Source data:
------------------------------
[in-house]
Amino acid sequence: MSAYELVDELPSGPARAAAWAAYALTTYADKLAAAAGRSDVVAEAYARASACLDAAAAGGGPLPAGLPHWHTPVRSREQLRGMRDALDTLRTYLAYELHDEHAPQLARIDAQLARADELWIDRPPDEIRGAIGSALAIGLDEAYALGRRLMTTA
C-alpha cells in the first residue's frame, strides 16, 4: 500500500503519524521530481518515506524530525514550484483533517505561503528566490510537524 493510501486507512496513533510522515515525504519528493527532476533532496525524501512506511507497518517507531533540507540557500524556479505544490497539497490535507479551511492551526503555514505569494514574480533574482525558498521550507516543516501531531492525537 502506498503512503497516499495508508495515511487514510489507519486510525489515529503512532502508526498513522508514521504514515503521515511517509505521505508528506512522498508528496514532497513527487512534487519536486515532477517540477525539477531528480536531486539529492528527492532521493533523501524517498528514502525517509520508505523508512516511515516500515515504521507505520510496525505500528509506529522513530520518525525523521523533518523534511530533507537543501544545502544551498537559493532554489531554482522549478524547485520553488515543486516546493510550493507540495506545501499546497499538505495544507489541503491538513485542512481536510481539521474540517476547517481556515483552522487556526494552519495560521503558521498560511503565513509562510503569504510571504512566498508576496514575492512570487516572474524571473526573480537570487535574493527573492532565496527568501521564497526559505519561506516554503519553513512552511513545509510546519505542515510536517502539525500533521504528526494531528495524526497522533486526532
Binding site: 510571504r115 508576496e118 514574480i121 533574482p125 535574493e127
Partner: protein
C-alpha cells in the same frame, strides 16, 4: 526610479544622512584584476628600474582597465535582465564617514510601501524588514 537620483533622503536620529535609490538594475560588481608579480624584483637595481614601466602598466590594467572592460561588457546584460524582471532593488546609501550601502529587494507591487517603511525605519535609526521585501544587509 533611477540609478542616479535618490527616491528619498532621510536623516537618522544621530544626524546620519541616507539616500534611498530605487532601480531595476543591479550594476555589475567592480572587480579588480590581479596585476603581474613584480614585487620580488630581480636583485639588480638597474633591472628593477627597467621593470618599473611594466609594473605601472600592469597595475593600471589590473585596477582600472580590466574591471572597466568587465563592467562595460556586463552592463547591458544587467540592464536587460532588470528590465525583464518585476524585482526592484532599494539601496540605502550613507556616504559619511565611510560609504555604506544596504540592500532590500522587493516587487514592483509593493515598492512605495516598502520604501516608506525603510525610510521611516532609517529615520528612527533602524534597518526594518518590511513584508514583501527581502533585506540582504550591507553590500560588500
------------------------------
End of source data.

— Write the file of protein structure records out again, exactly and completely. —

[in-house]
Amino acid sequence: MSAYELVDELPSGPARAAAWAAYALTTYADKLAAAAGRSDVVAEAYARASACLDAAAAGGGPLPAGLPHWHTPVRSREQLRGMRDALDTLRTYLAYELHDEHAPQLARIDAQLARADELWIDRPPDEIRGAIGSALAIGLDEAYALGRRLMTTA
C-alpha cells in the first residue's frame, strides 16, 4: 500500500503519524521530481518515506524530525514550484483533517505561503528566490510537524 493510501486507512496513533510522515515525504519528493527532476533532496525524501512506511507497518517507531533540507540557500524556479505544490497539497490535507479551511492551526503555514505569494514574480533574482525558498521550507516543516501531531492525537 502506498503512503497516499495508508495515511487514510489507519486510525489515529503512532502508526498513522508514521504514515503521515511517509505521505508528506512522498508528496514532497513527487512534487519536486515532477517540477525539477531528480536531486539529492528527492532521493533523501524517498528514502525517509520508505523508512516511515516500515515504521507505520510496525505500528509506529522513530520518525525523521523533518523534511530533507537543501544545502544551498537559493532554489531554482522549478524547485520553488515543486516546493510550493507540495506545501499546497499538505495544507489541503491538513485542512481536510481539521474540517476547517481556515483552522487556526494552519495560521503558521498560511503565513509562510503569504510571504512566498508576496514575492512570487516572474524571473526573480537570487535574493527573492532565496527568501521564497526559505519561506516554503519553513512552511513545509510546519505542515510536517502539525500533521504528526494531528495524526497522533486526532
Binding site: 510571504r115 508576496e118 514574480i121 533574482p125 535574493e127
Partner: protein
C-alpha cells in the same frame, strides 16, 4: 526610479544622512584584476628600474582597465535582465564617514510601501524588514 537620483533622503536620529535609490538594475560588481608579480624584483637595481614601466602598466590594467572592460561588457546584460524582471532593488546609501550601502529587494507591487517603511525605519535609526521585501544587509 533611477540609478542616479535618490527616491528619498532621510536623516537618522544621530544626524546620519541616507539616500534611498530605487532601480531595476543591479550594476555589475567592480572587480579588480590581479596585476603581474613584480614585487620580488630581480636583485639588480638597474633591472628593477627597467621593470618599473611594466609594473605601472600592469597595475593600471589590473585596477582600472580590466574591471572597466568587465563592467562595460556586463552592463547591458544587467540592464536587460532588470528590465525583464518585476524585482526592484532599494539601496540605502550613507556616504559619511565611510560609504555604506544596504540592500532590500522587493516587487514592483509593493515598492512605495516598502520604501516608506525603510525610510521611516532609517529615520528612527533602524534597518526594518518590511513584508514583501527581502533585506540582504550591507553590500560588500